Five Cents’ Worth of Positive Feedback
Remind yourself to give kids more of the approval they crave by putting five pennies
in your pocket or on the window sill each day.
Use Pennies to Remember to Praise
The more attention kids get for the good things they do, the more they want to
repeat the behavior. Psychological research demonstrates that positive feedback has
a huge impact on motivating behavioral change. Yet we can easily find ourselves
focusing instead on what kids do wrong. Commit yourself to giving your kid 5 pieces
of positive feedback every day for a week, and see the difference it makes.
Here’s a useful way to remind yourself.
Start each day with 5 pennies in your righthand pocket or on one side of the window
sill. Each time you praise your kid, move a penny to the lefthand pocket or the other
side of the sill. By the end of the days, all of the pennies should move to the other
Remember that effective feedback describes the behavior, describes the situation
and states the effect.
For Easter praises, why not put some positive statements inside those hidden eggs?
How to Discipline a Child: Part II
Natural and Logical Consequences
The use of natural consequences involves letting the results of behavior provide a learning experience.
When responding to inappropriate behavior a logical consequence is one that fits the behavior.
Example of Natural Consequence:
The child forgets his homework. Instead of bringing it to school, the parent allows him to experience the consequences of missing recess and/or having to do it over.
Example of Logical Consequence:
After telling your child NOT to ride her bike in the street, she does so anyway. The parent takes her bike away for a specific time period.
Allows children to take responsibility for their actions
Use consequences in combination with positive techniques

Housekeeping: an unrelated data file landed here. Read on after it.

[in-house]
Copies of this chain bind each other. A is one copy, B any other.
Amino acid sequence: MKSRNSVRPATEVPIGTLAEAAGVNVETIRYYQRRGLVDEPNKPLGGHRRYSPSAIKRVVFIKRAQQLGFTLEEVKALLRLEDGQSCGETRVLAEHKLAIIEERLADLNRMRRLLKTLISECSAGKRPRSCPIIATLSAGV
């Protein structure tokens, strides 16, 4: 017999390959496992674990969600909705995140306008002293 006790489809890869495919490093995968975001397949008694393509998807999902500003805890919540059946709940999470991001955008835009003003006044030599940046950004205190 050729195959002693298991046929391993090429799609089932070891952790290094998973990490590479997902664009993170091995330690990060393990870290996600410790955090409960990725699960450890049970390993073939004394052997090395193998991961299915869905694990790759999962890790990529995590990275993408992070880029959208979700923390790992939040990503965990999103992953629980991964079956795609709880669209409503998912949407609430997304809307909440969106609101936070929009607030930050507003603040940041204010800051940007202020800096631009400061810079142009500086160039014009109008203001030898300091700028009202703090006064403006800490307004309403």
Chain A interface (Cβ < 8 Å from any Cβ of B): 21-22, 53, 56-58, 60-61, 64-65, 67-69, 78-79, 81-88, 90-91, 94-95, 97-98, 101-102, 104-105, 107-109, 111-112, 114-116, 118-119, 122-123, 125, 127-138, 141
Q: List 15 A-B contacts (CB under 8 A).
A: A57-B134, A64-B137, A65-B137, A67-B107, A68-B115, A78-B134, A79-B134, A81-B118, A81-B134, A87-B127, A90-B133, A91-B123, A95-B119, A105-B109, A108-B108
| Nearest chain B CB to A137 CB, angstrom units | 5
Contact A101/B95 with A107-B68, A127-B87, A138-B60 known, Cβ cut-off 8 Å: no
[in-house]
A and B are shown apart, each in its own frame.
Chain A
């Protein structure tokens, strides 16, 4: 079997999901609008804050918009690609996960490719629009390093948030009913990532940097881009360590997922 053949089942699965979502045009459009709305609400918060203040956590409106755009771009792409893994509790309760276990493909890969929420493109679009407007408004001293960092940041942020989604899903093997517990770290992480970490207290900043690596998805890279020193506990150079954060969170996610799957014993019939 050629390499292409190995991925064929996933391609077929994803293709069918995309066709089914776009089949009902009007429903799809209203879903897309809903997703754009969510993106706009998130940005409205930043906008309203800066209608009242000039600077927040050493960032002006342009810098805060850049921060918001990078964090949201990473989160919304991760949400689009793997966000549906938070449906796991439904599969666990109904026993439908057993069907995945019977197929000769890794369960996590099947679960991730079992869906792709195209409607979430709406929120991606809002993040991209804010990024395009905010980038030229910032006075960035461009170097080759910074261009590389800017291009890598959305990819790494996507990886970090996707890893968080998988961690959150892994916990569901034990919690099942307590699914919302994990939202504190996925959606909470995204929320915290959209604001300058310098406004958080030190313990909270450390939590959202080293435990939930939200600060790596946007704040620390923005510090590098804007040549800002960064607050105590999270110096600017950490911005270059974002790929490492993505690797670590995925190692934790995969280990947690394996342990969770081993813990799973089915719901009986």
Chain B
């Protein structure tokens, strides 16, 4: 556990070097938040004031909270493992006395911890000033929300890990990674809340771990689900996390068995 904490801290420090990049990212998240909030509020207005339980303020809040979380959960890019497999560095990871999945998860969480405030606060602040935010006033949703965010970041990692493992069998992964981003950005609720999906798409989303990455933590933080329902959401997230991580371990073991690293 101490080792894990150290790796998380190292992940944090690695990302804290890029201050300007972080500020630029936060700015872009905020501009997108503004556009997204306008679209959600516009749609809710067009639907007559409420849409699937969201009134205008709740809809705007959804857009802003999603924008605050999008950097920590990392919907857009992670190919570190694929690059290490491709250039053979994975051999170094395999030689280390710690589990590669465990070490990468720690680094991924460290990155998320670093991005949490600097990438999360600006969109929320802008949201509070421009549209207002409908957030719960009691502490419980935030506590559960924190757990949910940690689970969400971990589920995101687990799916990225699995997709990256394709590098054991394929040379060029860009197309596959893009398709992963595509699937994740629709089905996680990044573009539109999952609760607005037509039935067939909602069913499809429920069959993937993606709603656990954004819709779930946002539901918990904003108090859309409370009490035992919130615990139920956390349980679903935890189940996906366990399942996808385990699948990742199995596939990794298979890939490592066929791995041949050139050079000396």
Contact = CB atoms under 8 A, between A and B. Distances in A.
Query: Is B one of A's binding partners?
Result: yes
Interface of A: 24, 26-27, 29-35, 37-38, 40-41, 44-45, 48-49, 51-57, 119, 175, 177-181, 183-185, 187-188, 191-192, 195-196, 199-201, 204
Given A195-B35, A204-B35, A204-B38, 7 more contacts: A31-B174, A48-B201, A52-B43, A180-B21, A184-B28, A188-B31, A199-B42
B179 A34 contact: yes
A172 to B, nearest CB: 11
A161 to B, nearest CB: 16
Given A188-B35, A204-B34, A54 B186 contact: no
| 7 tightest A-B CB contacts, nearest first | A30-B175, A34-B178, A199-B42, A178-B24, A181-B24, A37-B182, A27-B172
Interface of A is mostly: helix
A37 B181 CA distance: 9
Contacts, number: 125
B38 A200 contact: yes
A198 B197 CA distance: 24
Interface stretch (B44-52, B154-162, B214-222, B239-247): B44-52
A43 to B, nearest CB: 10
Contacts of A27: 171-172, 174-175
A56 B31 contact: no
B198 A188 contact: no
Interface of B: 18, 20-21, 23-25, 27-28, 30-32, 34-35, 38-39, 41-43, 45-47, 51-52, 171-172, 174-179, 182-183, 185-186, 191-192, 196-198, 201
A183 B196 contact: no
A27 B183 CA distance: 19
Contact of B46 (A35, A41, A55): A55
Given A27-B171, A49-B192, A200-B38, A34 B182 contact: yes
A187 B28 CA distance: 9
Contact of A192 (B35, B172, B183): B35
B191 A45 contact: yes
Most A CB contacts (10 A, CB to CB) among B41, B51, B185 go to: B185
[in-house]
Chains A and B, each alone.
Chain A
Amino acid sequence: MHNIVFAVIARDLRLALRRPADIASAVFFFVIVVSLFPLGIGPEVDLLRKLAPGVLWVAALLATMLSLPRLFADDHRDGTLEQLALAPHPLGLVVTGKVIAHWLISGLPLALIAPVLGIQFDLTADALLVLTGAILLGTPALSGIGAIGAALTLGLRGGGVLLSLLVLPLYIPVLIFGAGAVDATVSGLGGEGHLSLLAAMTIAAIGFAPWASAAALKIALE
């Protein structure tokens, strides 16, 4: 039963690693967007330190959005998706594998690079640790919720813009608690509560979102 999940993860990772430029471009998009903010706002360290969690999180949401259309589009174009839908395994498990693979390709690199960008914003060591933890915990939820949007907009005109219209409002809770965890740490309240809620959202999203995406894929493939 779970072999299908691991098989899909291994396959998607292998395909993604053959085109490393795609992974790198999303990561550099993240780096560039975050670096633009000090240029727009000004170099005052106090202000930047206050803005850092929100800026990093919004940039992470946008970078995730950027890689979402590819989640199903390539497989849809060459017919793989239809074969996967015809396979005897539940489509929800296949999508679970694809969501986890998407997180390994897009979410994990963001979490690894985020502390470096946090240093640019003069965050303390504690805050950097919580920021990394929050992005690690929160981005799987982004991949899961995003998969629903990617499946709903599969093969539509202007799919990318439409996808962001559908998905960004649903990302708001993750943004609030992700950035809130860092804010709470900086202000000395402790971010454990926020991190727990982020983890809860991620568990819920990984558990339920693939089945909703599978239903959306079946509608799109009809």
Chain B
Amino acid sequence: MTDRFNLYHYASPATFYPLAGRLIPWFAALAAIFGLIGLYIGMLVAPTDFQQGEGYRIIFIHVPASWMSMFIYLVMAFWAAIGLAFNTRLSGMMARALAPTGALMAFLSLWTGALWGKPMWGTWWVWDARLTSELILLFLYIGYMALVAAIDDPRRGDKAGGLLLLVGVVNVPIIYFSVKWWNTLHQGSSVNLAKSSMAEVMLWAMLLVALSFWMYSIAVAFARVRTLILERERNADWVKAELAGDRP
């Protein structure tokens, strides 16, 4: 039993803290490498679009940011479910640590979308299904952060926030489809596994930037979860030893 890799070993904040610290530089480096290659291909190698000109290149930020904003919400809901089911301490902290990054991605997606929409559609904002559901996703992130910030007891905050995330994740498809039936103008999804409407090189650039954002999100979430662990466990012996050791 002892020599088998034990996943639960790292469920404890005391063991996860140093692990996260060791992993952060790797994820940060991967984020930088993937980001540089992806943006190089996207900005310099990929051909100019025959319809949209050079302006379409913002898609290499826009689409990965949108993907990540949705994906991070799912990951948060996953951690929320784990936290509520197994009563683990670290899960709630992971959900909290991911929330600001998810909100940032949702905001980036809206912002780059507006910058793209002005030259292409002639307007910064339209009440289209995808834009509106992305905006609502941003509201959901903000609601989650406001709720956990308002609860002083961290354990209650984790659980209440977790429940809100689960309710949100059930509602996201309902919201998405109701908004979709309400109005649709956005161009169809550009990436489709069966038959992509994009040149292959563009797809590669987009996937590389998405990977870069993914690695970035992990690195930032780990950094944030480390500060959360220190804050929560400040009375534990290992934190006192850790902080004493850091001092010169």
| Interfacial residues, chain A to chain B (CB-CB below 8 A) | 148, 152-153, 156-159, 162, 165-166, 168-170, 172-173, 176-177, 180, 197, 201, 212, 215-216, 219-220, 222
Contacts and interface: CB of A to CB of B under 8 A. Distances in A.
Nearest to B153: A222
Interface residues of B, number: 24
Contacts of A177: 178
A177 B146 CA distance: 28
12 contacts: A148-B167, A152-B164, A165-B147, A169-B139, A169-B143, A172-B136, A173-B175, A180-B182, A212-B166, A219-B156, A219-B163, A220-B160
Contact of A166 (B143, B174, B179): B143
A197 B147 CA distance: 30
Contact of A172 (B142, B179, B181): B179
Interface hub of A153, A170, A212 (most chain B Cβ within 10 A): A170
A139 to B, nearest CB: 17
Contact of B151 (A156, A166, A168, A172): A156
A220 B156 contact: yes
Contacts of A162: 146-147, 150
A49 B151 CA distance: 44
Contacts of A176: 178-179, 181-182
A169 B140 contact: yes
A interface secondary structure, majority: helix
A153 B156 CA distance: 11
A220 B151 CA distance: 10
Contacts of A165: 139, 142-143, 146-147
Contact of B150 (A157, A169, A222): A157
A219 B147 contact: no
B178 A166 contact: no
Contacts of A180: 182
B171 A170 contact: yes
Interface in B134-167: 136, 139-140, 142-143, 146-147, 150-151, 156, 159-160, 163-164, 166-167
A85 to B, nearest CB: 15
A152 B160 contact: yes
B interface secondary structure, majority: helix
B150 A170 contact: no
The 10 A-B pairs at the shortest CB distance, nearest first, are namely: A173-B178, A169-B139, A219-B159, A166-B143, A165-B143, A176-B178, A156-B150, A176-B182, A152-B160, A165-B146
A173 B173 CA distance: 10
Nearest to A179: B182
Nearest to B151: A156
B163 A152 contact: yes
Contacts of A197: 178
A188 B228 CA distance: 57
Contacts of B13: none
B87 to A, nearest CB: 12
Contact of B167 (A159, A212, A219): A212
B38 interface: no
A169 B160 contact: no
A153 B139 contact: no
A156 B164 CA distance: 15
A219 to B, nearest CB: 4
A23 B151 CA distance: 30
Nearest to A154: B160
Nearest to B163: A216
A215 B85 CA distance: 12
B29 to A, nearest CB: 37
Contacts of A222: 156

Follow through with consequence promptly
Be consistent; empty threats do not work
NOTE: These approaches cannot be used in situations where the safety of the child or another person is a concern.
Provide a Functional Communication System ~ Behavior is Communication
Without a functional way to communicate needs, wants and feelings, a child will become frustrated.
Negative behaviors can be the child’s attempt to make others aware of his needs, wants and feelings.
If a young child cannot express that he is hungry or thirsty, simple sign language may enable him to convey these basic needs
An older student who has no way to participate in class discussions is likely to act out to gain the attention of his teacher and classmates
Assistive technology may be needed by some children
Teach Replacement Behaviors ~ Provides the child with more appropriate responses
Gives the child a better, more acceptable way to behave; replaces undesirable behaviors with more acceptable ones.
Teaches the child other options
Acknowledges that the traditional telling the child to just “stop the behavior” will not be effective because the child does not know an alternative way to behave
This strategy can include providing the child with scripts for common situations
Can also include teaching the child to use visual imagery, such as a stop sign
If a child curses when angry, provide more appropriate words to use
Are you struggling with disciplining your child?
For Professional help contact Specialneedsnj@hotmail.com or call (973)534-3402